Another note about playing in gyms, etc.  “Live” rooms usually amplify low midrange EQ frequencies, meaning those frequencies “hang on” or naturally reverberate much longer than high frequencies.  The problem is that high levels of low mids drown out the clarity of vocals and lead parts.  So if you find yourself playing in a box, work with your team to keep those frequencies under control.  (Instruments that also add to this problem include the drums, and a bass that isn’t tightly EQ’ed.) 

For delays, I’ll have to revisit that in another post.  I’ve changed my approach to using delays some in the past year, by introducing more tonal variety in what I do.  One thing I have found that helps tremendously is when I’m playing a digital dotted eighth effect in a band, I’ll usually become the “timekeeper” for the band instead of the drummer.  Because keeping in time with the delay is critical, it’s alot easier to stick with the guitarist if there’s no click track for everyone.

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Responses

  1. 10 years back, the first pedal I bought was an MT-2 and I thought it was great. later on, i realized that the sound is just too heavy for praise/worship setting. I sold it and a guy much younger than me happily picked it up because he thought it was great!

    and i agree with your delay as a “timekeeper”. but by losing the ability of having dotted 8ths, i have since changed my delay usage to something more ambient.

    btw, welcome back!

  2. Thanks for posting!

    I don’t know that the RAT is really a great pedal anymore. Proco just moved their production to China and the result has been a now infamous drop in quality. I have a Keeley-modded RAT and it’s amazing – I’m just not sure that the current production quality is up to much…

    I think you’re right on that you want almost no reverb on when you’re playing full-strumming rhythm. Did I get that right? I use it for picking and more spacious strumming patterns. The Line 6 Verbzilla is also my favorite, just because of the “Octo” setting!

    You totally enlightened me about making adjustments in “box-y” rooms. Thanks for hte priceless knowledge.

    I’m looking forward to your post on delay settings. The dotted-8th thing is insanely cool but I’d love to also learn some more about other time signatures, what works well in fast songs, what works well for solos, what works well for rhythm, what works well for picking etc.

    Thanks!

  3. I got another, HUGE request for you – it might be too much. I’ve seen a lot of cool stuff online about amp isolation cabinets and I’d love someone to do a step-by-step, highly detailed tutorial on how an average dude can build on of these things.

  4. Honestly, I’ve never built an ISO cab, so I’m not sure I’d be the best resource, but if anyone else out there has done it and wants to tell us about it, feel free to contact me!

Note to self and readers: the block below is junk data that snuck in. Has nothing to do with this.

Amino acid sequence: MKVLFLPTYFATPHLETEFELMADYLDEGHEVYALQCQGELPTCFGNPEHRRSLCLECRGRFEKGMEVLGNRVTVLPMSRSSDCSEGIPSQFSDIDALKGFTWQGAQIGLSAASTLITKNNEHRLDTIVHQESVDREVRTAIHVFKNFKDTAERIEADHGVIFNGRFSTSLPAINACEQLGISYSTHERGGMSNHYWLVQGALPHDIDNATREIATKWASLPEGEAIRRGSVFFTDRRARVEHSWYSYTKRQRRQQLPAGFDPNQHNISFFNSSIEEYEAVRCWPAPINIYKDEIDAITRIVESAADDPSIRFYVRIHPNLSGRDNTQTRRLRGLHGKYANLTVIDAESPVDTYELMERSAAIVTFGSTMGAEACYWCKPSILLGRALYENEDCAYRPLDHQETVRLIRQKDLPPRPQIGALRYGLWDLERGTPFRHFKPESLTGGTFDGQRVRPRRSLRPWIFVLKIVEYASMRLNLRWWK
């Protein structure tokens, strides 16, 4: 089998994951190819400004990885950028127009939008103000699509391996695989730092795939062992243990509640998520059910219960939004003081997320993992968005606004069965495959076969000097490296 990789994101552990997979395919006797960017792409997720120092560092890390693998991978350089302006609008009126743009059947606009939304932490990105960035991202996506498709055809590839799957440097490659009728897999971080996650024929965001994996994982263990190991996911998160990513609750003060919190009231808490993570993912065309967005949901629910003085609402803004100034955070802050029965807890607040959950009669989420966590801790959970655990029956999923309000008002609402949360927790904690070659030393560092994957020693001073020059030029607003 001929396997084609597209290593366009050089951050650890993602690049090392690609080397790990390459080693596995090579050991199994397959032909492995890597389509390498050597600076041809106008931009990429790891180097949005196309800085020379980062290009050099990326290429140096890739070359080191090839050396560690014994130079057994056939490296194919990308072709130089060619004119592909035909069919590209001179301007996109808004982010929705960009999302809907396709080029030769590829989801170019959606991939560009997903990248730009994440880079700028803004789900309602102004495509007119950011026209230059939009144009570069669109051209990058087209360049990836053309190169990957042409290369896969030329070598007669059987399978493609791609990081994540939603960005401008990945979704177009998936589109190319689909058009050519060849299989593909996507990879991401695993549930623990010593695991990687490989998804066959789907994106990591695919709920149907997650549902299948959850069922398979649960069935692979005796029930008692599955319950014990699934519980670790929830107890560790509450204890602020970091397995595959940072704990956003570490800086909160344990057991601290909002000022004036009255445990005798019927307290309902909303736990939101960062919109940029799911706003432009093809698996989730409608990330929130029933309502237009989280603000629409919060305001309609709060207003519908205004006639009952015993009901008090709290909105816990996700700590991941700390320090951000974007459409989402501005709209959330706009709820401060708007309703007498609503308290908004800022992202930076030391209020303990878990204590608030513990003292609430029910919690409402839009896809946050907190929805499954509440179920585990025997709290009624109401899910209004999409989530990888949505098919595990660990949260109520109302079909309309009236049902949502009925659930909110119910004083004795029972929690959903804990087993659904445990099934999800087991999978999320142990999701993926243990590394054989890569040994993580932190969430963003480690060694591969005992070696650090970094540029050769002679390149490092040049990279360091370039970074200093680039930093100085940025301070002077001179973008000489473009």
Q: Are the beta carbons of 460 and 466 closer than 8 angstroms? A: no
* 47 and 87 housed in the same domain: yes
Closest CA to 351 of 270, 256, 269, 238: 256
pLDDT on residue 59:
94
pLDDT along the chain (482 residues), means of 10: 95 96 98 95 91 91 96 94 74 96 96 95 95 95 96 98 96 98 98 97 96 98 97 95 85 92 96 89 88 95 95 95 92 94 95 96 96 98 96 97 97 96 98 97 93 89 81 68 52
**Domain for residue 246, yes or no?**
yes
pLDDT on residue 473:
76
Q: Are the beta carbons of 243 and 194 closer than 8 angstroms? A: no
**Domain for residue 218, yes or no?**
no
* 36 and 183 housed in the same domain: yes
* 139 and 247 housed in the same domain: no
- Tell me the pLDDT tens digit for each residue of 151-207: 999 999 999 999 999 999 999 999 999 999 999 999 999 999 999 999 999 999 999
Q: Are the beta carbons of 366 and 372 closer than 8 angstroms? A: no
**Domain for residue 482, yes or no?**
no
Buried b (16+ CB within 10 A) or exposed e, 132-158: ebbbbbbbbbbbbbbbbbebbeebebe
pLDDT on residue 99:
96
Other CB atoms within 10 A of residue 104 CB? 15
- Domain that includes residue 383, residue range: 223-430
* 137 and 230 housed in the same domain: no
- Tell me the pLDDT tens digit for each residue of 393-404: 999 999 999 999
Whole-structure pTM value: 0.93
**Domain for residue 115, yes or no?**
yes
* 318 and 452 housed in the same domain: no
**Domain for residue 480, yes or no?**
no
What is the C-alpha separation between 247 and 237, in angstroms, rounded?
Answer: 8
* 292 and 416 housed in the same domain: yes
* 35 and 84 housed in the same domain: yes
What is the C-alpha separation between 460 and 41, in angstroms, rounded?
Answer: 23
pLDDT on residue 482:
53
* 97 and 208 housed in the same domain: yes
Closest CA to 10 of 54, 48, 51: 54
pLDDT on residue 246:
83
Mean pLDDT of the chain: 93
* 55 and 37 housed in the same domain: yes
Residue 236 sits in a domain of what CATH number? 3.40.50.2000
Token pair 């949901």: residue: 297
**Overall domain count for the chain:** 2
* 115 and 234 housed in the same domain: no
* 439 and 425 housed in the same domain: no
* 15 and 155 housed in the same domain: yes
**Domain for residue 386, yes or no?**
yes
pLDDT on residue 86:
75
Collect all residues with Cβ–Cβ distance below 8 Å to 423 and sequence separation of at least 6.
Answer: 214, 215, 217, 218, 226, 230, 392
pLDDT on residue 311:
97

5. Agree with the Verbzilla— bought on a whim thanks to your post. I love putting delay into it on the hall effect– the delays are there, but just a hint muddy, making a great sweeping transcendent lead part for those slower songs.

    Ditto on the rat— they aren’t worth their salt right now. Keeley is attempting to make their own version as we speak and another modder (who is associated with DIY great Monte Allums) CMATMODS just added “THE BLACK PLAGUE” (CMATMODS.com) which is a RAT clone. In fact, the rat is soooo bad, Keeley is refusing to mod anymore of them!!
    I personally use a modded TS9, (or boss SD1 mod) by Analogman into a DS1 (by either Keeley or Analogman). The dual OD setup is the best of all the worlds. IF for some reason that sound is not up to it, i replace the DS1 with a Big Muff.

    Be sure to read WGG past post on Dual OD setup.
    and check out my discussion of effects/setup at lespaulplayerdoctor.wordpress.com 🙂
    Another cheap plug!

  6. Nice post wgg thanks for the info. I’ll keep looking for a used verbzilla I can afford then I will pick it up. I was just wondering does the verbzilla octo effect work without a volume pedal? LIke to get those atmospheric sounds without the pick attack.
    thanks

  7. You can get the Octo setting without the pick attack. You have to turn the effect level all the way up though. At 100%, there’s no pick attack signal, just the octo reverb.

  8. I just bought the Verbzilla, it’s great for strong or weak reverbs or nice ambient sounds.

  9. I’ve gotten to the point that I don’t play with any reverb and just leave it to the sound guy. He can hear how it sounds out in the room way better than I can!

    That being said, the octo setting on the verbzilla is really cool for a specialty sound. . .

  10. I think the best overdrive pedal I’ve used is the Fulldrive from http://www.fulltone.com. It’s really simple, and includes a boost feature so you can stick out when you need to. It has a built in compression, but you can also disable it.